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The Pictures and Paint that Compose Our Minds: Black History Month Art Exhibit at the Georgetown Public Library

Arts And Entertainment

The Pictures and Paint that Compose Our Minds: Black History Month Art Exhibit at the Georgetown Public Library


On Sunday, February 13, my partner and I had the opportunity to attend a discussion panel at the Georgetown Public library, a panel featuring local black artists and their work. We walked to the library in the cool February afternoon, chatting with shared anticipation. Rows of metal poppies greeted us at the entrance, and we stopped briefly to take photos before entering. There were already people milling about, the warm buzz of conversation filling the entryway of the library. Several dark panels adorned with artwork stood proudly in the center of the room, right in front of the doors. We slipped through the throngs of people to find a couple of seats before the discussion panel began. 

The Georgetown Public Library, which hosted the Black History Month Art Exhibit, is just outside the Georgetown Square.
Photo by Anthony Garcia

This event was organized by the joint effort of the Georgetown Cultural Citizen Memorial Association (GCCMA) and the Georgetown Public Library as part of a series of local events to celebrate Black History Month with the goal of preserving, teaching, and celebrating Black history. The exhibit will be set up from February 2-27, 2022, and features “artwork from eight artists in various media, including photography, digital art, mixed media, pen and ink, and paint.” The panel was a special day to meet and listen to the artists discuss their work. It began with a speech from Paulette Taylor, president of the GCCMA, to highlight the work of the people who hosted the event, then audience and panelists alike stood to listen, sing, and sway to  “Lift Every Voice and Sing,” also known as the “Negro National Anthem.” The mediator of the panel, artist CamD, then introduced each of the panelists, whose names and social media information I will include below:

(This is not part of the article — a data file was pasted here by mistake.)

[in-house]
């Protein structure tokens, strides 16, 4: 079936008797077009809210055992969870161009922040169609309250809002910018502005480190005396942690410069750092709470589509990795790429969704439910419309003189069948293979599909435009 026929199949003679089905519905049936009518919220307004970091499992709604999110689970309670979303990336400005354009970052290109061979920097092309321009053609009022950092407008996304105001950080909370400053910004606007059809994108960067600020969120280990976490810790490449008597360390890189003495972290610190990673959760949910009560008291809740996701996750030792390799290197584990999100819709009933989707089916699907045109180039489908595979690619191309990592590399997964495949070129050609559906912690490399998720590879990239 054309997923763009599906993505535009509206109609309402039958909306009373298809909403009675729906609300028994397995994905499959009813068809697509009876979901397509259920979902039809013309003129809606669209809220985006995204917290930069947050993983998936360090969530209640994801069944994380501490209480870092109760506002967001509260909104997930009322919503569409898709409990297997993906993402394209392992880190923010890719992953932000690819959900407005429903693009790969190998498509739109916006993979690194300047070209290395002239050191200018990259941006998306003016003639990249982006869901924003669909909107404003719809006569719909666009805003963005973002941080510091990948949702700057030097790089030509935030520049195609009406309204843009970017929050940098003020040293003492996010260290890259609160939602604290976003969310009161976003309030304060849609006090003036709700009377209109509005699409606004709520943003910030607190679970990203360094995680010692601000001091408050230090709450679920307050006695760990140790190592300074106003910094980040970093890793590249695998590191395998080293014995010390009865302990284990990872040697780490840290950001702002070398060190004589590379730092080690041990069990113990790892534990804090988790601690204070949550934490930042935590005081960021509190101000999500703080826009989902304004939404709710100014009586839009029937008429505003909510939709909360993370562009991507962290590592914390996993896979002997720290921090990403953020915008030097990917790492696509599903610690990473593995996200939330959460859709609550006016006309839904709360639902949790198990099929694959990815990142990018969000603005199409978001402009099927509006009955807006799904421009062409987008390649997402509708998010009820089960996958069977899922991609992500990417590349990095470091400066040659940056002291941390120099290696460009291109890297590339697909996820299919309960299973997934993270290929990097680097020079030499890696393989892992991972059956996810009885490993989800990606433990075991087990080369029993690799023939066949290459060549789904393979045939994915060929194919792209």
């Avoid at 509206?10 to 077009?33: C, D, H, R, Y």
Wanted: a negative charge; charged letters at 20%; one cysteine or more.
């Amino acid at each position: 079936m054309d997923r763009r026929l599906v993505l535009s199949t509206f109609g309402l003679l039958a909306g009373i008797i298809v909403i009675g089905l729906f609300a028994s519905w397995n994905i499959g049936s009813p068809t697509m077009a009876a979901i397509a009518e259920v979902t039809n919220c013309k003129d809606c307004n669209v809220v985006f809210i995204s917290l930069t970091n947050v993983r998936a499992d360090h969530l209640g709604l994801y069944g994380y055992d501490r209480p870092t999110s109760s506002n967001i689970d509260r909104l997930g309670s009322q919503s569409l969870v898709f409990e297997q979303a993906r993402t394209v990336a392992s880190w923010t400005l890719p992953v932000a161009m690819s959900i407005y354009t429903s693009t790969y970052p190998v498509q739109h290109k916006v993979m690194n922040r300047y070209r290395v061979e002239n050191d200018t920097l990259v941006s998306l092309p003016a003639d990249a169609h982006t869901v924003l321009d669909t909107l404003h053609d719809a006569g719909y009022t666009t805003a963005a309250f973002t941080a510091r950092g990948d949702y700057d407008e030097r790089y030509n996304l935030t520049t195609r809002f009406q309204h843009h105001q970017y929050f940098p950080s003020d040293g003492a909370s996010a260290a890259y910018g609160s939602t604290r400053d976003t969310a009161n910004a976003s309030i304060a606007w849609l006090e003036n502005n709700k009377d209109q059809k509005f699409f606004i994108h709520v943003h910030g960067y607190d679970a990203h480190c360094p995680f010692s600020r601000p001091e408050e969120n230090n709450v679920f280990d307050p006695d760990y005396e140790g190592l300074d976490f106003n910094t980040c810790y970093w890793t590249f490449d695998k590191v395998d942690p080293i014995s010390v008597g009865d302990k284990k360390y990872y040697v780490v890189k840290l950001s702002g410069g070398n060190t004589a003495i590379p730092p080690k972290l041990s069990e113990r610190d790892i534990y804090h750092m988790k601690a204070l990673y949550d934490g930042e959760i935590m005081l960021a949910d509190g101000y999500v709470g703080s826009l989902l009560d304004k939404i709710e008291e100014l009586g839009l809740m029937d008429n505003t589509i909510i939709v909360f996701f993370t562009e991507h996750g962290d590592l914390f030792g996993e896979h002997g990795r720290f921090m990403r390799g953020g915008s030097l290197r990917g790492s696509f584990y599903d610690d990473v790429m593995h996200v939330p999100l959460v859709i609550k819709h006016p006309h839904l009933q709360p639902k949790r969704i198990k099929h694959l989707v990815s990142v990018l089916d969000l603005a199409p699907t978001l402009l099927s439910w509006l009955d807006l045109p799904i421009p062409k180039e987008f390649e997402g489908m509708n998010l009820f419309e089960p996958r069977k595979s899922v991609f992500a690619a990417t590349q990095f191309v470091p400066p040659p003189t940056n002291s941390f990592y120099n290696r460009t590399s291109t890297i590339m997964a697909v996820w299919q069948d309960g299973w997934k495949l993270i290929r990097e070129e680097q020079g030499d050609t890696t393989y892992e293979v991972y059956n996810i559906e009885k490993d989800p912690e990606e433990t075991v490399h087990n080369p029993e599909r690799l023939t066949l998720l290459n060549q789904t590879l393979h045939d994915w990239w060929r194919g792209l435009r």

As I am a white journalist discussing this event, I want to be careful not to include too much of my own narrative. For the rest of this article, I will be paraphrasing and highlighting quotes from the artists themselves. The group of panelists passed a microphone from hand to hand, up and down their line throughout the discussion, making a visual show of their collectivity. Each statement seemed to be made through the group in solidarity. Imagine this as I continue. 

The conversation began with questions designed to get to know each of the panelists. Many of them noted the healing and therapeutic nature of their encounters with art, and mentions of the Covid-19 pandemic began pretty early on. For many of the artists, quarantine was either the beginning of their interest in art or a major block. As Towery stated, “I spent so much time pondering… and feeling these things that I really have not addressed them on canvas.”